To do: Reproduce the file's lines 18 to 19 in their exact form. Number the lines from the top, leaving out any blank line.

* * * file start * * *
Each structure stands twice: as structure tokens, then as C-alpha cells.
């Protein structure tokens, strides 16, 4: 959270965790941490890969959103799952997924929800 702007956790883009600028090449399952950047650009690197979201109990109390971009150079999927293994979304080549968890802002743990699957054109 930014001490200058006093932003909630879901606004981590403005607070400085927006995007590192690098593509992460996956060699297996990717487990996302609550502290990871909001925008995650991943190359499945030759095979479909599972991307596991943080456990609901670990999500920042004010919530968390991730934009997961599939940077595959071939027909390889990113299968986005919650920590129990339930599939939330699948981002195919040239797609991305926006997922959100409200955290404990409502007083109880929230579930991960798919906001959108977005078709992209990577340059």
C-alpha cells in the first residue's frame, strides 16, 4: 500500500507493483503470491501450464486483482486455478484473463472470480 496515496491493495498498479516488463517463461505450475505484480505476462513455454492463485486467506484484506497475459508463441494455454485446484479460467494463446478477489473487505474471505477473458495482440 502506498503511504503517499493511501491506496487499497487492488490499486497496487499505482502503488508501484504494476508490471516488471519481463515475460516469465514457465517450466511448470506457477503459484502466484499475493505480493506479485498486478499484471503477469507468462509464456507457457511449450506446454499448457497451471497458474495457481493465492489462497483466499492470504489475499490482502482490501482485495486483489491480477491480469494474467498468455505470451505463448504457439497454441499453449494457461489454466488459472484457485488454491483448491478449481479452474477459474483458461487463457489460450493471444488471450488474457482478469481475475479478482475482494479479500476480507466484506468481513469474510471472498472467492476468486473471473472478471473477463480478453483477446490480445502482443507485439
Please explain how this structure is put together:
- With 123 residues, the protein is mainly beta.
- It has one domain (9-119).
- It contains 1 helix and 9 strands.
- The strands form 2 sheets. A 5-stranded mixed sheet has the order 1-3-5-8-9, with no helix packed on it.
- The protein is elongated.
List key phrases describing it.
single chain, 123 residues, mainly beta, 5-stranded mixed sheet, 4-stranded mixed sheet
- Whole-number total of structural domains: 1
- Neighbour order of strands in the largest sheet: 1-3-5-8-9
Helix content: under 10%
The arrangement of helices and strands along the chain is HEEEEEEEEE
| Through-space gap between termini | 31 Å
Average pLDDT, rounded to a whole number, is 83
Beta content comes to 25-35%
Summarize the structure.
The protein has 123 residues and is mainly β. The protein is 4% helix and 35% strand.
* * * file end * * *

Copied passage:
Beta content comes to 25-35%
Summarize the structure.